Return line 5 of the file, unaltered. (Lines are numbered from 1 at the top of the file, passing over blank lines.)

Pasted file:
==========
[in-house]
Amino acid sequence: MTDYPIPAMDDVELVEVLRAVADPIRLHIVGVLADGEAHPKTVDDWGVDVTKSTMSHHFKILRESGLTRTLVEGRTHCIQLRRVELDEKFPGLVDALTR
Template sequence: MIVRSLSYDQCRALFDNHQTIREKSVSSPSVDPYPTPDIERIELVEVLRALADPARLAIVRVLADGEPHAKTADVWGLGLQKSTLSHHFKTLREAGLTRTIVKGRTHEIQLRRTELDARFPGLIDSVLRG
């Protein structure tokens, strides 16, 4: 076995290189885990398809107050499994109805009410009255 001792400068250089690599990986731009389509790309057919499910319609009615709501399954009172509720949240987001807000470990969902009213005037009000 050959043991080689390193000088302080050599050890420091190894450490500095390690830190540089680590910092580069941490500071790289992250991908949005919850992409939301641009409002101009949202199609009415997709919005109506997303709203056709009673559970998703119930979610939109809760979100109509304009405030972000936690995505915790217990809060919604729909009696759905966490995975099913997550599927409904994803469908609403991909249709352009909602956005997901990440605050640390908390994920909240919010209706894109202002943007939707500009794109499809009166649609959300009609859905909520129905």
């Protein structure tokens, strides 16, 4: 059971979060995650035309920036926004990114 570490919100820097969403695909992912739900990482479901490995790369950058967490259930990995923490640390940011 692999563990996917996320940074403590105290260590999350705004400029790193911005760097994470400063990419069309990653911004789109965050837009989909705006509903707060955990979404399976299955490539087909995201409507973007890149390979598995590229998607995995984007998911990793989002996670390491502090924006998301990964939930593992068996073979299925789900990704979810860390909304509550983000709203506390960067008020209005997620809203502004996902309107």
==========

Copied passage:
């Protein structure tokens, strides 16, 4: 059971979060995650035309920036926004990114 570490919100820097969403695909992912739900990482479901490995790369950058967490259930990995923490640390940011 692999563990996917996320940074403590105290260590999350705004400029790193911005760097994470400063990419069309990653911004789109965050837009989909705006509903707060955990979404399976299955490539087909995201409507973007890149390979598995590229998607995995984007998911990793989002996670390491502090924006998301990964939930593992068996073979299925789900990704979810860390909304509550983000709203506390960067008020209005997620809203502004996902309107």